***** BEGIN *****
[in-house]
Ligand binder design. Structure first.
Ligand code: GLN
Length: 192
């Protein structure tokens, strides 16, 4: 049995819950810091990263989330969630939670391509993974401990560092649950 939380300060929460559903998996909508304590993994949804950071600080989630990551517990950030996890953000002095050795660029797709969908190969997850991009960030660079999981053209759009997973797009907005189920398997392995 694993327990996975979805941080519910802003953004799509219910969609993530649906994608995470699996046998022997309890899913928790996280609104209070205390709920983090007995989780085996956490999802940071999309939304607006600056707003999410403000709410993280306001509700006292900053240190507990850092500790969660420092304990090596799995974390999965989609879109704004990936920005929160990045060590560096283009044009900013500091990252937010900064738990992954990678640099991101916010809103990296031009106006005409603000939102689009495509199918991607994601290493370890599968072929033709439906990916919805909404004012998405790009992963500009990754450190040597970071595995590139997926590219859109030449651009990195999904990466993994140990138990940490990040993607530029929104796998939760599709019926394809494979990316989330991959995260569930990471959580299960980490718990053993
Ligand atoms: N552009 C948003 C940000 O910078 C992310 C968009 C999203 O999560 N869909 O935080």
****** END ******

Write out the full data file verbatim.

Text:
[in-house]
Ligand binder design. Structure first.
Ligand code: GLN
Length: 192
């Protein structure tokens, strides 16, 4: 049995819950810091990263989330969630939670391509993974401990560092649950 939380300060929460559903998996909508304590993994949804950071600080989630990551517990950030996890953000002095050795660029797709969908190969997850991009960030660079999981053209759009997973797009907005189920398997392995 694993327990996975979805941080519910802003953004799509219910969609993530649906994608995470699996046998022997309890899913928790996280609104209070205390709920983090007995989780085996956490999802940071999309939304607006600056707003999410403000709410993280306001509700006292900053240190507990850092500790969660420092304990090596799995974390999965989609879109704004990936920005929160990045060590560096283009044009900013500091990252937010900064738990992954990678640099991101916010809103990296031009106006005409603000939102689009495509199918991607994601290493370890599968072929033709439906990916919805909404004012998405790009992963500009990754450190040597970071595995590139997926590219859109030449651009990195999904990466993994140990138990940490990040993607530029929104796998939760599709019926394809494979990316989330991959995260569930990471959580299960980490718990053993
Ligand atoms: N552009 C948003 C940000 O910078 C992310 C968009 C999203 O999560 N869909 O935080």